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So, I can do this (using cl):

(loop for x in my-list
      for y in my-other-list
      if (> x y) return t
      if (< x y) return nil)

But I really feel like this should be as easy as (list> my-list my-other-list) But I can find absolutely no evidence that this function exists by any name. In fact, I can't even find any general documentation for comparing lists at all. This makes me feel like I must be missing something.

Do I have do define (list>) myself, or have I missed great swaths of documentation in my haste and confusion?

And if I have to define it myself, can you do a better job? I'm not really an elisp hacker.

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2 Answers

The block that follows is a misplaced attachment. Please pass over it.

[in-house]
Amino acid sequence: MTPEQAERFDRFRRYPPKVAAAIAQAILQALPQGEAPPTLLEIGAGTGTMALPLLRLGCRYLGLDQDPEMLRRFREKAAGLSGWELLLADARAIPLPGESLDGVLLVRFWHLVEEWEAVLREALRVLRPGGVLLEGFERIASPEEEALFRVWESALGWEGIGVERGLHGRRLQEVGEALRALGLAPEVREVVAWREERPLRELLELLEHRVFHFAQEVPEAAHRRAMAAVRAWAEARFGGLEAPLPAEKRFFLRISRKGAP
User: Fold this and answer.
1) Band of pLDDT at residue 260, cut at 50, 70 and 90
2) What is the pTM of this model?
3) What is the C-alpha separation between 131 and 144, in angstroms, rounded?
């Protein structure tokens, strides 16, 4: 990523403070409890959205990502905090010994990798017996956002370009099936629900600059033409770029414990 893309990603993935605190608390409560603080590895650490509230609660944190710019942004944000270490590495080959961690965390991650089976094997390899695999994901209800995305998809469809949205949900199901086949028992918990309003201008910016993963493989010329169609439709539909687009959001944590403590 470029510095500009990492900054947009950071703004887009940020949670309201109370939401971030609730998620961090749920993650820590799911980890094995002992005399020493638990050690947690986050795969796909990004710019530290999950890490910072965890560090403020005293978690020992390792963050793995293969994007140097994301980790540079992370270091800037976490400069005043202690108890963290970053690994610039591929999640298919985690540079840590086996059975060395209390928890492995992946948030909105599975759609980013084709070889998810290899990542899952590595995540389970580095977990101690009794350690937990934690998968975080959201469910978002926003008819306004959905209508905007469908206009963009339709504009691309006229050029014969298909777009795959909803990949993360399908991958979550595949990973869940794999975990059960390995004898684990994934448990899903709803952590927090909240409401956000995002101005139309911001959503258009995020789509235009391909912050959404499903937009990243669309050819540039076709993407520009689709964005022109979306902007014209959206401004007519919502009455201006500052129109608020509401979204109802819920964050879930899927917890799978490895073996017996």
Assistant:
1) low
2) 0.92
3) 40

up vote 7 down vote accepted

How about this:

(require 'cl)
(every '> my-list my-other-list)
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That is definitely superior to mine, thanks! But also: I'm taking this as evidence that I'm not crazy-blind regarding the core lisp function documentation? –  quodlibetor Apr 19 '12 at 3:46
    
Sure. I wouldn't necessarily expect to have a predefined list< function since it so easy to do this way. There's also ambiguity over whether a list< function would be equivalent to the results of some, every, or simply mapcar*. –  Michael Hoffman Apr 19 '12 at 4:13
    
Reasonable, and while I disagree about the potential ambiguity (I think that people would expect it to apply to the whole list--hence not some--and for it to behave have like all the other boolean functions and return a single value, not a list--hence not like mapcar*. But the utility of every makes me feel like this is, if anything, a documentation and not a language failing. –  quodlibetor Apr 19 '12 at 4:24
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The closest Elisp provides is probably version-list-<.

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